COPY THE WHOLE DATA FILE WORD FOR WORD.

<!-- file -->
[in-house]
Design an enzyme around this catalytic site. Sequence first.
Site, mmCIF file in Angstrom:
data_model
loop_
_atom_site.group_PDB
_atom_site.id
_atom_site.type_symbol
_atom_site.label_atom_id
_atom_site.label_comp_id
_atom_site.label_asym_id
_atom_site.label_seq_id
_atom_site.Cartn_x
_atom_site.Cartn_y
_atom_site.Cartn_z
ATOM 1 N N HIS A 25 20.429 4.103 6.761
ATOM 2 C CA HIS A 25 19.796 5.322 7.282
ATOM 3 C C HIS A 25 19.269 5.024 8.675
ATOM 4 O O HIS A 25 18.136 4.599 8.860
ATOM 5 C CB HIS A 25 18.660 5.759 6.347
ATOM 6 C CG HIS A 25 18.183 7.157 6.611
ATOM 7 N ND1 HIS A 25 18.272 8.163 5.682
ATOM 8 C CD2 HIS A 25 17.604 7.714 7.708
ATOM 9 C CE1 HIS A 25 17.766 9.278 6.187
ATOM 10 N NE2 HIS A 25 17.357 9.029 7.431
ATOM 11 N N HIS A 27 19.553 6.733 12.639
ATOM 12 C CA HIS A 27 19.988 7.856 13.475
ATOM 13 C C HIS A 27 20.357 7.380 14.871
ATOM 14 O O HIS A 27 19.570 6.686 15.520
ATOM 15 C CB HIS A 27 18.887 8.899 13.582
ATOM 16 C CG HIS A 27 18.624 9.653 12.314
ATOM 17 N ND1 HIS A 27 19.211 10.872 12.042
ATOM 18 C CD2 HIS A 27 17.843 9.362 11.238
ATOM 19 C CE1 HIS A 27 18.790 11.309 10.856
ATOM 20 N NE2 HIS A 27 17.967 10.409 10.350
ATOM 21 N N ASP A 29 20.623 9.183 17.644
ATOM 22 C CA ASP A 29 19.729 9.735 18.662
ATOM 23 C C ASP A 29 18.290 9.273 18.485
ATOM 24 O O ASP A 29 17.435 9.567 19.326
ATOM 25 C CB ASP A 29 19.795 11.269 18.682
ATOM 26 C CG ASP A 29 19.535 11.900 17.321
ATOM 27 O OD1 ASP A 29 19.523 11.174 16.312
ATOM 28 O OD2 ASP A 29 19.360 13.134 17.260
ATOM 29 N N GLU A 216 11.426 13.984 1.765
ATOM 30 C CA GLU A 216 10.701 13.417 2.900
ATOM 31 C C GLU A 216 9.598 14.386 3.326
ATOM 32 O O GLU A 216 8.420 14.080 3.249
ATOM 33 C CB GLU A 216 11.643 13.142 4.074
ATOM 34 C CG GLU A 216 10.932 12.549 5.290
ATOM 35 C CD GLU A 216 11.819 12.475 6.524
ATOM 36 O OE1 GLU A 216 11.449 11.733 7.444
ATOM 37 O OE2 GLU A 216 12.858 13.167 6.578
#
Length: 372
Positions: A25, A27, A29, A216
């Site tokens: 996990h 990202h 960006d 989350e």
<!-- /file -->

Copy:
[in-house]
Design an enzyme around this catalytic site. Sequence first.
Site, mmCIF file in Angstrom:
data_model
loop_
_atom_site.group_PDB
_atom_site.id
_atom_site.type_symbol
_atom_site.label_atom_id
_atom_site.label_comp_id
_atom_site.label_asym_id
_atom_site.label_seq_id
_atom_site.Cartn_x
_atom_site.Cartn_y
_atom_site.Cartn_z
ATOM 1 N N HIS A 25 20.429 4.103 6.761
ATOM 2 C CA HIS A 25 19.796 5.322 7.282
ATOM 3 C C HIS A 25 19.269 5.024 8.675
ATOM 4 O O HIS A 25 18.136 4.599 8.860
ATOM 5 C CB HIS A 25 18.660 5.759 6.347
ATOM 6 C CG HIS A 25 18.183 7.157 6.611
ATOM 7 N ND1 HIS A 25 18.272 8.163 5.682
ATOM 8 C CD2 HIS A 25 17.604 7.714 7.708
ATOM 9 C CE1 HIS A 25 17.766 9.278 6.187
ATOM 10 N NE2 HIS A 25 17.357 9.029 7.431
ATOM 11 N N HIS A 27 19.553 6.733 12.639
ATOM 12 C CA HIS A 27 19.988 7.856 13.475
ATOM 13 C C HIS A 27 20.357 7.380 14.871
ATOM 14 O O HIS A 27 19.570 6.686 15.520
ATOM 15 C CB HIS A 27 18.887 8.899 13.582
ATOM 16 C CG HIS A 27 18.624 9.653 12.314
ATOM 17 N ND1 HIS A 27 19.211 10.872 12.042
ATOM 18 C CD2 HIS A 27 17.843 9.362 11.238
ATOM 19 C CE1 HIS A 27 18.790 11.309 10.856
ATOM 20 N NE2 HIS A 27 17.967 10.409 10.350
ATOM 21 N N ASP A 29 20.623 9.183 17.644
ATOM 22 C CA ASP A 29 19.729 9.735 18.662
ATOM 23 C C ASP A 29 18.290 9.273 18.485
ATOM 24 O O ASP A 29 17.435 9.567 19.326
ATOM 25 C CB ASP A 29 19.795 11.269 18.682
ATOM 26 C CG ASP A 29 19.535 11.900 17.321
ATOM 27 O OD1 ASP A 29 19.523 11.174 16.312
ATOM 28 O OD2 ASP A 29 19.360 13.134 17.260
ATOM 29 N N GLU A 216 11.426 13.984 1.765
ATOM 30 C CA GLU A 216 10.701 13.417 2.900
ATOM 31 C C GLU A 216 9.598 14.386 3.326
ATOM 32 O O GLU A 216 8.420 14.080 3.249
ATOM 33 C CB GLU A 216 11.643 13.142 4.074
ATOM 34 C CG GLU A 216 10.932 12.549 5.290
ATOM 35 C CD GLU A 216 11.819 12.475 6.524
ATOM 36 O OE1 GLU A 216 11.449 11.733 7.444
ATOM 37 O OE2 GLU A 216 12.858 13.167 6.578
#
Length: 372
Positions: A25, A27, A29, A216
């Site tokens: 996990h 990202h 960006d 989350e």